As the New Year begins, the widow of an Indian hate crime victim is making a plea to Americans ― urging people to embrace each others’ differences.
Sunayana Dumala, who lost husband Srinivas Kuchibhotla after a fatal shooting in Kansas last February, asked friends and well-wishers to add another resolution to their 2018 list.
“Take some time to understand and embrace diversity in race, culture and religion. It is in our hands to make our society safe and secure for our future generations and create a fearless world,” Dumala wrote in a Facebook post late Monday night. “Please, make this as one of your priorities and work towards it as even though we know life is uncertain we are never prepared for that uncertainty. ”
Dumala was thrust into the national spotlight after her husband was attacked at a bar in Olathe, Kansas, on Feb. 22. The suspect, Adam Purinton, reportedly shouted “Get out of my country” before shooting at Kuchibhotla and another Indian immigrant, Alok Madasani. Kuchibhotla died in the attack and Madasani was injured.
In her Facebook post, Dumala called 2017 one of the worst years of her life.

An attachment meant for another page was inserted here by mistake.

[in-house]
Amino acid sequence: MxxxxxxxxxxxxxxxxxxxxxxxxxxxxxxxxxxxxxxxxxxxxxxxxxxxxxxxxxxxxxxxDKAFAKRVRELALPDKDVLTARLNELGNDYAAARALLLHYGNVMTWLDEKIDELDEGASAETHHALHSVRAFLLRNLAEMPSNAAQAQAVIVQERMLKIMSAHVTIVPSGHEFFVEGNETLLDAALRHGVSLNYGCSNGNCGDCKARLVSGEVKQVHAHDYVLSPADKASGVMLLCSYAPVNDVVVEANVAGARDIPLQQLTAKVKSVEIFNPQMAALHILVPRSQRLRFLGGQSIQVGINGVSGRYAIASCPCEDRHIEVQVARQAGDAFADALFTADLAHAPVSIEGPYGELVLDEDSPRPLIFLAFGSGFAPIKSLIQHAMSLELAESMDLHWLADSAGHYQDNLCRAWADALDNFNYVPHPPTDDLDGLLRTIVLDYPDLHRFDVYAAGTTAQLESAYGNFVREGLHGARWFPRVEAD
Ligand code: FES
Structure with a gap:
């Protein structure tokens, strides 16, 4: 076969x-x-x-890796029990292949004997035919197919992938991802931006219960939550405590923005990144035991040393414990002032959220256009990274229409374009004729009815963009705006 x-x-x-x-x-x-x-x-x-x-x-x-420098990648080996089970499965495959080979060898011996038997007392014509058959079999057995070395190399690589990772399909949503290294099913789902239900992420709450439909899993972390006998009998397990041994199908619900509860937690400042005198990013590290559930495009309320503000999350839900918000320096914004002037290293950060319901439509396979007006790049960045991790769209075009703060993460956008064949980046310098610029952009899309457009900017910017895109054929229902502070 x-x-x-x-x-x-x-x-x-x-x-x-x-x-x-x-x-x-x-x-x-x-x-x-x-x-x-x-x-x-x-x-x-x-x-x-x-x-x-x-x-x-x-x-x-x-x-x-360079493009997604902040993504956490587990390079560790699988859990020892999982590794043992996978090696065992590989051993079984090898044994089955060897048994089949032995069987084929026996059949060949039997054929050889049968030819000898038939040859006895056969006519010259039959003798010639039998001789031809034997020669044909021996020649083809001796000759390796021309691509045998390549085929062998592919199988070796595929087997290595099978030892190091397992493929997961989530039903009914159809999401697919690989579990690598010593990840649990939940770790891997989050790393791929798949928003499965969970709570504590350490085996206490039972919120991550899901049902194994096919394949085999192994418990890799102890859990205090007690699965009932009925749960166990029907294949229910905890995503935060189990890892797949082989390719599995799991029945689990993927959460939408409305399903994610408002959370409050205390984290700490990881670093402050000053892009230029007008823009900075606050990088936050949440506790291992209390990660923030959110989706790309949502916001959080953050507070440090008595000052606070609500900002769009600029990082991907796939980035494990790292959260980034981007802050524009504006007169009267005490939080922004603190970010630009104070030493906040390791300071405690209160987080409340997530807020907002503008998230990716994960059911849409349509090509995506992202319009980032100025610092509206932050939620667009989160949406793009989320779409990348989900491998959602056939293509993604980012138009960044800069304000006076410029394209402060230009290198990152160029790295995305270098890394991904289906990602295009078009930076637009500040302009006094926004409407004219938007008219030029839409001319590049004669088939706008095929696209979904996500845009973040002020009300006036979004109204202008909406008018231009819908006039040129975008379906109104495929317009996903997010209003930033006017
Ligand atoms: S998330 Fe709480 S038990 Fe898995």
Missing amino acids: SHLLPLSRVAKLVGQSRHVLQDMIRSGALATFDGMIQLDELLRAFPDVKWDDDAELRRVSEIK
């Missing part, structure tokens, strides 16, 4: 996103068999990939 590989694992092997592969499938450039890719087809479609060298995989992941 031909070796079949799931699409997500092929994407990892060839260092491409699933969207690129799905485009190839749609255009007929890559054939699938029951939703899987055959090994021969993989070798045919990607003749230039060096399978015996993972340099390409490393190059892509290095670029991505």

“Like every other year both me and Srinu welcomed year 2017 with lot of hopes. A year of promises to be with each other and hopefully grow our family by adding new addition,” Dumala wrote. “Unfortunately, it didn’t turn out that way because of one man’s ignorance, hate and anger, giving our family an irreparable loss and shattering our dreams.”
Dumala also addressed her husband directly in the post, telling him about how he continues to inspire her.
“Srinu you are very dearly missed by everyone and nothing can replace your natural aura and charisma that made you special,” she wrote. “But it is your positive attitude that is driving us forward and it is with same positivity I welcome year 2018 with the hope that we spread the message of love and empathy.”
Since her husband’s death, Dumala became an activist and a public figure in the Indian American community. She’s spoken out for immigration reform and has tried to spread a message of love and empathy.
In early December, Dumala joined others touched by tragic hate crimes at a forum organized by The New York Times at Rockhurst University, in Kansas City, Missouri. She appeared alongside Ian Grillot, a bystander who attempted to intervene during the attack on Kuchibhotla, and Mindy Corporon, who lost her father and son during a shooting at a Jewish community center in Overland Park in 2014.
Dumala spoke about the incredible amount of support she’s received since the tragedy from her neighbors, her employer and others.
“This is what America stands for,” she said during the panel, according to KCUR. “We are one people. We might be different cultures or races or ethnicities, but we should put energy into embracing our differences.”